Tribune News Service
Ludhiana, December 2
The deepening agrarian crisis and its catastrophic impact was discussed during a national-level seminar on Peasantry in Colonial and Post-Colonial Punjab at GHG Khalsa College, Gurusar Sudhar.
The seminar was organised by the post graduate department of history and was sponsored by the Indian Council of Historical Research, New Delhi.
Renowned economist Dr Sucha Singh Gill visited as the chief guest, while former chairman Minority Commission Dr Harbhajan Singh Deol was the guest of honour. They were extended a warm welcome by College president Manjit Singh Gill, secretary SS Thind and Principal SS Deol.
The Principal brought forth the plight of farmers in his introductory address. He said the high incidents of farmer suicides and rising frequency of farmers’ agitation were the symptoms of deep malice prevalent in our system. He sought a solution for the revival of this sector from within the society. The chief guest, by quoting various notable economists, threw light on the contributing factors from the past that led to the death of peasantry as the economies transcended towards industrialisation. He pointed that it just takes one generation for the peasantry to fade away. The agrarian crisis should not be confined to farmers alone and should include farm labourers and rural artisans. He suggested a cooperative effort and a strong pro-peasant leadership to break the vicious cycle.
The guest of honour urged the present society to learn from the past experiences and quoted that revolution was not exported but created. Sukhpal Singh from the Punjab Agricultural University (PAU), Ludhiana, shared his insights from the survey conducted over the past years regarding farmer suicides in Punjab. He highlighted that a farmer’s plight was full of woes and exposed to risks from prices, demand, weather and whims of policies and regulations. He said for farming to be made profitable, the terms of trade must favour farmers. This is possible only through harmonious forward and backward linkages. GNDU professor Sukhdev Singh Sohal drew contrast over the Punjab peasantry in prosperity and debt. He questioned whether artificial intelligence would prove to be a bane or boon for this sector.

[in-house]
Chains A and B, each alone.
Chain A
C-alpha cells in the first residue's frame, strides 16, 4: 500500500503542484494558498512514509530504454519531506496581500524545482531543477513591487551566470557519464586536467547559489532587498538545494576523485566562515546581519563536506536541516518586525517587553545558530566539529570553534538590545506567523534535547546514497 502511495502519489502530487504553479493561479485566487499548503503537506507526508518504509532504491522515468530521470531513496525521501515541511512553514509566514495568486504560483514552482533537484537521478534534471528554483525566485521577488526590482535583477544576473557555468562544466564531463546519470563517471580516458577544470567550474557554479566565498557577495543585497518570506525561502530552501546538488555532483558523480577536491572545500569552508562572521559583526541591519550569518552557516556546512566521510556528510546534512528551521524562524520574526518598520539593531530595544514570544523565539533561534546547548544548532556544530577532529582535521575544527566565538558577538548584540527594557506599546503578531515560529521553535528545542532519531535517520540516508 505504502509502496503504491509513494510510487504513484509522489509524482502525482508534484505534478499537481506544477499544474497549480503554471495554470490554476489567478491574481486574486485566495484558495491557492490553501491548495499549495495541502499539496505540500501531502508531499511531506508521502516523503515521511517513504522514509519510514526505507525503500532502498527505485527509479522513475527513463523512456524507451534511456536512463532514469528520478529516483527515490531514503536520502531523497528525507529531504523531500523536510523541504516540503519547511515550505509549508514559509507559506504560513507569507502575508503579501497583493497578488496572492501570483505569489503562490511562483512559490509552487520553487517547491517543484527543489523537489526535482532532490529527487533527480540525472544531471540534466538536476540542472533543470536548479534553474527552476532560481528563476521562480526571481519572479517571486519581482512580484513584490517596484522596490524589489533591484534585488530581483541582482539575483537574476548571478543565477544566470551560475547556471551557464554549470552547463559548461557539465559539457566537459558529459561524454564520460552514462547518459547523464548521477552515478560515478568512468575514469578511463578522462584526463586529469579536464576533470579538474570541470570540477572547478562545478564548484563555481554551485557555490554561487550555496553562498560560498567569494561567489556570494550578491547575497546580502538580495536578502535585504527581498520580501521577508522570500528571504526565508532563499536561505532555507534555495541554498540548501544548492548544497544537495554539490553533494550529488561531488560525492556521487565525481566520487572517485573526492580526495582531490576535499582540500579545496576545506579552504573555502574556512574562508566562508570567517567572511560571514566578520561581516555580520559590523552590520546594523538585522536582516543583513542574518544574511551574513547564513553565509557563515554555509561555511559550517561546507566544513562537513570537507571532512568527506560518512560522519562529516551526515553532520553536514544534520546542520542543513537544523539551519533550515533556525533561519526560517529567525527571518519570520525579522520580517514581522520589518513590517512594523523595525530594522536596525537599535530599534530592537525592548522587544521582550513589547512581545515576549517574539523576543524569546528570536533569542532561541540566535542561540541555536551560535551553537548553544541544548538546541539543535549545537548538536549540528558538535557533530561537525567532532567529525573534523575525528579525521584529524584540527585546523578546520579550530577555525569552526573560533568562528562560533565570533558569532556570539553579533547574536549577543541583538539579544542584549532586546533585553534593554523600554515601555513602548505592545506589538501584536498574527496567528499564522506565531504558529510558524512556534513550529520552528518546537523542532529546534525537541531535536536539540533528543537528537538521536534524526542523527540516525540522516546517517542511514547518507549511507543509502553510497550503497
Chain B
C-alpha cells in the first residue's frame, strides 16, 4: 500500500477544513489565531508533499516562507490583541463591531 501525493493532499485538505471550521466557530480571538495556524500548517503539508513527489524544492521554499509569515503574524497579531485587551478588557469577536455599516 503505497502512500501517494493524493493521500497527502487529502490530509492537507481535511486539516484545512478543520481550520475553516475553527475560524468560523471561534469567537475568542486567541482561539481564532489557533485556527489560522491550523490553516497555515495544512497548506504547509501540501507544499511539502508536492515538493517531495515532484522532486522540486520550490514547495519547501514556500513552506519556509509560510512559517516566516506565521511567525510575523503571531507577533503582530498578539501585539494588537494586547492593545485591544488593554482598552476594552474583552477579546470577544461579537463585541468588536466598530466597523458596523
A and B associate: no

President S Manjit Singh Gill contributed by taking the initiative for providing free education to any family of this region facing dire situation due to dependence on agriculture. The evening session was chaired by Prof Bawa Singh, who is closely associated with various farmer revolutions. Sir Ganga Ram Kheti Model and Social Models were discussed during this session. In the end, Dr SS Thind, secretary, presented the vote of thanks and summarised the proceedings by pointing out the inevitability of migration from agriculture to other sectors, but through education and social cooperation this chronic problem was surmountable. The college magazine ‘Gurusar’ was also released on the occasion.
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